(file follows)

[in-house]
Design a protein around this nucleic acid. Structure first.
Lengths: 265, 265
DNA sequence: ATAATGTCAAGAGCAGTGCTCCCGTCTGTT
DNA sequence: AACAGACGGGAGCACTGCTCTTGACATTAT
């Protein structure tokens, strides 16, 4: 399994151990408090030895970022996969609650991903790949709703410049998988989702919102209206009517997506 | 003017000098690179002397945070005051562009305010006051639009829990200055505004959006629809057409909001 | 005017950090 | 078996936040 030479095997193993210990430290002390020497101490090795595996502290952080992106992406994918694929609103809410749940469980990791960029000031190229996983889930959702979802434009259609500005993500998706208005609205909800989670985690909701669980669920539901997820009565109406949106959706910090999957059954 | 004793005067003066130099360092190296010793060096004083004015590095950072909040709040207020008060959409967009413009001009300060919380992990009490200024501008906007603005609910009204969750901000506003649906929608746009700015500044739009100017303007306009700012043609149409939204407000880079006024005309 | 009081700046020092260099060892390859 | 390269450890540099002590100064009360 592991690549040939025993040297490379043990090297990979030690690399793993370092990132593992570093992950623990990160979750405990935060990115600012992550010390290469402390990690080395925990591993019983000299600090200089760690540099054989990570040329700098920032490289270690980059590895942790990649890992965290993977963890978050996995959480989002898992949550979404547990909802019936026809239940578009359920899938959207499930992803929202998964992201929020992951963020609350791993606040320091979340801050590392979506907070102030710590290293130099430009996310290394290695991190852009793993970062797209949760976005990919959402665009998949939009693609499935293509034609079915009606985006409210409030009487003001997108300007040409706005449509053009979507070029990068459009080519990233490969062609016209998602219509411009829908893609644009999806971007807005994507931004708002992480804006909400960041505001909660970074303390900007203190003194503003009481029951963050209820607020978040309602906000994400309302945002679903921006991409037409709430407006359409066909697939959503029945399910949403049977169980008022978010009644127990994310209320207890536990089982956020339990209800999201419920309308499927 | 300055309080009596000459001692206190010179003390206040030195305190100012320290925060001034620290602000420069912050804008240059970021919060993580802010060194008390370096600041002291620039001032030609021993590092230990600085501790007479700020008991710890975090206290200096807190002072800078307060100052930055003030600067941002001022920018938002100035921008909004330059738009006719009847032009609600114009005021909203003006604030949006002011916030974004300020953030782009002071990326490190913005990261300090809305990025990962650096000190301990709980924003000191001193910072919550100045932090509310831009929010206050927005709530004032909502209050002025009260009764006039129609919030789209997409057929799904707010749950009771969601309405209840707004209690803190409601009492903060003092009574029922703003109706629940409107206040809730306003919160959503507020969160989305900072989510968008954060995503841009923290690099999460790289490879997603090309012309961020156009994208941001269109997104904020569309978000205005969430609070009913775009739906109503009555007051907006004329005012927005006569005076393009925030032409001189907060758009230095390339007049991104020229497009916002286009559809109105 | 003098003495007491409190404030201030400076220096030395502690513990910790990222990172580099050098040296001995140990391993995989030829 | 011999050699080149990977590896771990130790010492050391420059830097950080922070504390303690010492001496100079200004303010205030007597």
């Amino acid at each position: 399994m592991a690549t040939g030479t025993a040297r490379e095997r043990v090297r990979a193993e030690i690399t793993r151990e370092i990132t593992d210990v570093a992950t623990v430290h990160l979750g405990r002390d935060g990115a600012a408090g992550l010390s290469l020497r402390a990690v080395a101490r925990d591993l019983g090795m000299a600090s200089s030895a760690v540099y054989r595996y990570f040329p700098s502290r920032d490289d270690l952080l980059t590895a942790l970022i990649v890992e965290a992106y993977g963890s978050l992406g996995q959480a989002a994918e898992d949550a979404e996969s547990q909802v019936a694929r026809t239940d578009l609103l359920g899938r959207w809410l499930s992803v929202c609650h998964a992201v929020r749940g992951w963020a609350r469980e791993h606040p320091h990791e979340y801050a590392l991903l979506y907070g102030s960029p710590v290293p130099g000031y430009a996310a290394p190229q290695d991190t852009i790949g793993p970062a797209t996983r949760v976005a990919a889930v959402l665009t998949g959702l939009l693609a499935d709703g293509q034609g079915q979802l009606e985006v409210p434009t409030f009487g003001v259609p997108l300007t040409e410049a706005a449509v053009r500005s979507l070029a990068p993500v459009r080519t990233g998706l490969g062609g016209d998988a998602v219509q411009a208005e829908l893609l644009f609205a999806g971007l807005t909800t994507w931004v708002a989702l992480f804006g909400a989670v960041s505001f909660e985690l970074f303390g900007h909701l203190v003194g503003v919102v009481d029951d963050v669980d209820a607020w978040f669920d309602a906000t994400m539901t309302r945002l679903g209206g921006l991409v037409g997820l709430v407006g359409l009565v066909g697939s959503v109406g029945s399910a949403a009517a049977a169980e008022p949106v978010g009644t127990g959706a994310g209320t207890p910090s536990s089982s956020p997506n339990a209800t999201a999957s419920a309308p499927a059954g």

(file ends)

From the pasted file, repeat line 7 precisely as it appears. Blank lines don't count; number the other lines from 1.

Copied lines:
């Amino acid at each position: 399994m592991a690549t040939g030479t025993a040297r490379e095997r043990v090297r990979a193993e030690i690399t793993r151990e370092i990132t593992d210990v570093a992950t623990v430290h990160l979750g405990r002390d935060g990115a600012a408090g992550l010390s290469l020497r402390a990690v080395a101490r925990d591993l019983g090795m000299a600090s200089s030895a760690v540099y054989r595996y990570f040329p700098s502290r920032d490289d270690l952080l980059t590895a942790l970022i990649v890992e965290a992106y993977g963890s978050l992406g996995q959480a989002a994918e898992d949550a979404e996969s547990q909802v019936a694929r026809t239940d578009l609103l359920g899938r959207w809410l499930s992803v929202c609650h998964a992201v929020r749940g992951w963020a609350r469980e791993h606040p320091h990791e979340y801050a590392l991903l979506y907070g102030s960029p710590v290293p130099g000031y430009a996310a290394p190229q290695d991190t852009i790949g793993p970062a797209t996983r949760v976005a990919a889930v959402l665009t998949g959702l939009l693609a499935d709703g293509q034609g079915q979802l009606e985006v409210p434009t409030f009487g003001v259609p997108l300007t040409e410049a706005a449509v053009r500005s979507l070029a990068p993500v459009r080519t990233g998706l490969g062609g016209d998988a998602v219509q411009a208005e829908l893609l644009f609205a999806g971007l807005t909800t994507w931004v708002a989702l992480f804006g909400a989670v960041s505001f909660e985690l970074f303390g900007h909701l203190v003194g503003v919102v009481d029951d963050v669980d209820a607020w978040f669920d309602a906000t994400m539901t309302r945002l679903g209206g921006l991409v037409g997820l709430v407006g359409l009565v066909g697939s959503v109406g029945s399910a949403a009517a049977a169980e008022p949106v978010g009644t127990g959706a994310g209320t207890p910090s536990s089982s956020p997506n339990a209800t999201a999957s419920a309308p499927a059954g």